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We are a part of each other’s moments

7

March 2, 2013 by vlittle528

Life is characterized in so many different ways. I often hear “crazy”, or “hectic” or “ironic. I prefer to think of the wondrous thing we call life as filled with faith and purpose, and interconnected in a way we can’t see. Which, to me, is weirdly at odds with my anxiety.

hope

Lately, a lot of people around me have been given the earth-shattering news that they have cancer. My husband, mr. nothing-bothers-me himself, even told me that maybe I should drop out of a certain group of friends because it seemed to be “catching’. He was joking (I think at least), and he knows there is no way I would ever do that. He understands that the group is special, but he doesn’t understand this group like I do. He doesn’t know that sometimes they are what gets me through the day…whether they know it or not. Sometimes when I think the world is a hateful place, I go and simply read their conversations and realize how great people can be. He doesn’t know that every time I am at Sushi Katsu I think of the awesome night that one of these ladies gave me courage and hope, or the time that we were camping and more than one helped my children and treated them as their own, or how one can simply just breathe and I think she is a Saint.

For my friends in their difficulties, it is almost a selfish feeling I have. I feel overwhelmed and helpless, so I do the little things I can to help them, with just the hopes it makes them smile. But in the back of my mind is a nagging voice. Well, two voices. The voice of self-doubt says “they don’t give a flying monkey’s uncle what you do!!” and “This is stupid and NOT what they need right now” and even “they will never remember this…nor will they remember you”. Ahhh, the painful scars that our teen years leave. And another voice of “When is it going to be you?” and “when it is you…have you loved and cared enough so that others love and care enough for you to put forth the effort?” I don’t think so…because I really don’t let other women (other than a VERY select few) know me. Because if I am not sure what I like about me, they certainly can’t be either, right?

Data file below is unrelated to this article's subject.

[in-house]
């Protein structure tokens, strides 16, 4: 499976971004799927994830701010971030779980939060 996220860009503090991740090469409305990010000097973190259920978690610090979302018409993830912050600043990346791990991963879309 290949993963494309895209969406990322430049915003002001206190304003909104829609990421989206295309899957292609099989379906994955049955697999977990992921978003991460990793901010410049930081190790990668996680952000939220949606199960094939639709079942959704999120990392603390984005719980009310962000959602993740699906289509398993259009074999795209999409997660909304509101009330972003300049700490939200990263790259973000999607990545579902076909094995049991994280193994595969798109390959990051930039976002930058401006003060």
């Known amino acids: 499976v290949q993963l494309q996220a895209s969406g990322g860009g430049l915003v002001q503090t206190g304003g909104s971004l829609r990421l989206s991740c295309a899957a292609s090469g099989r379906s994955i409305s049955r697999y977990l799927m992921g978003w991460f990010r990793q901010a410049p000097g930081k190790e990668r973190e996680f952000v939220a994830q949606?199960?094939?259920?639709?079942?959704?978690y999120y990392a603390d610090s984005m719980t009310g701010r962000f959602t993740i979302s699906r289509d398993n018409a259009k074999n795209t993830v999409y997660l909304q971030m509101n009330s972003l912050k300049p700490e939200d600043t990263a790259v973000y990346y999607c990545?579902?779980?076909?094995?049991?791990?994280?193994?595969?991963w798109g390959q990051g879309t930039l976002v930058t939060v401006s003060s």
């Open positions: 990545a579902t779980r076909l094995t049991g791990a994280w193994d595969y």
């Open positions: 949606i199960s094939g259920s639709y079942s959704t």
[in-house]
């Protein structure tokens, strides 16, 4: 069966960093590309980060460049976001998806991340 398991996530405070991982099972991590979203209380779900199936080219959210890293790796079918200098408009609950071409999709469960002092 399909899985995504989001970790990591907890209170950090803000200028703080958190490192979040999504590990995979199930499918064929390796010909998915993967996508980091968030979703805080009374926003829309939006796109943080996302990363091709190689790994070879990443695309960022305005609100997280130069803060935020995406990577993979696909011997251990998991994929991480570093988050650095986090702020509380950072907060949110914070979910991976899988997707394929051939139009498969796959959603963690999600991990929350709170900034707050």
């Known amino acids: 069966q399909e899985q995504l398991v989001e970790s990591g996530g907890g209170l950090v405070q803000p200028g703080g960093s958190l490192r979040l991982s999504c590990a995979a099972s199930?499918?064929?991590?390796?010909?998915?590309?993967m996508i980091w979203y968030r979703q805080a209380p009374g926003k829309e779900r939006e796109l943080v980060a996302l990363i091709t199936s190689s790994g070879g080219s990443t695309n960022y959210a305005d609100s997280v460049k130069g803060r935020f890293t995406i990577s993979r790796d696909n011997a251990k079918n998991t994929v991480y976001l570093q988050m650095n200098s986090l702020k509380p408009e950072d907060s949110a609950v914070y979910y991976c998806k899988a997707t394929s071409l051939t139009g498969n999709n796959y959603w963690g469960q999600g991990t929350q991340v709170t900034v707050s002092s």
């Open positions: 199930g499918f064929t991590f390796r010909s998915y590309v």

I can hear at least three friends in my head berating me and telling me they would be there. And I truly do want to believe that. But how do you when no one else really ever has been? Well, to give credit where it is due, my BF has been around quite awhile now….but then again, my dad was around for 16 years before I wasn’t good enough anymore. That pain and those automatic thoughts just don’t go away.

And then I feel guilty for even having these thoughts. And the fear of “what if” because I have had a sore throat for a month make me feel like a hypochondriac. These strong women are facing REAL issues! REAL problems! My life, my issues are nothing compared to the mountains they are climbing! Heck, I still can’t get over that one girl not only went through a surgery for cancer, but then actually hurt herself that morning, and still managed to come to a meeting that night to tell us she needed to slow down next year?!???. I would have been laying in my bed with my covers pulled over my head depressed and alone and feeling guilty I wasn’t playing with my kids. But not these women. These women are strong. They are fighters. They are mother’s and sisters and friends. They are wives and damn it, they are women.

We can do what we want with our world. We can take the friends we meet (NOT a small task for me as every time I do I go home ridden with anxiety and about in a panic-attack. Something you would never know if I didn’t tell you) and we can turn them into small families and forces around us or we can choose to be catty and competitive.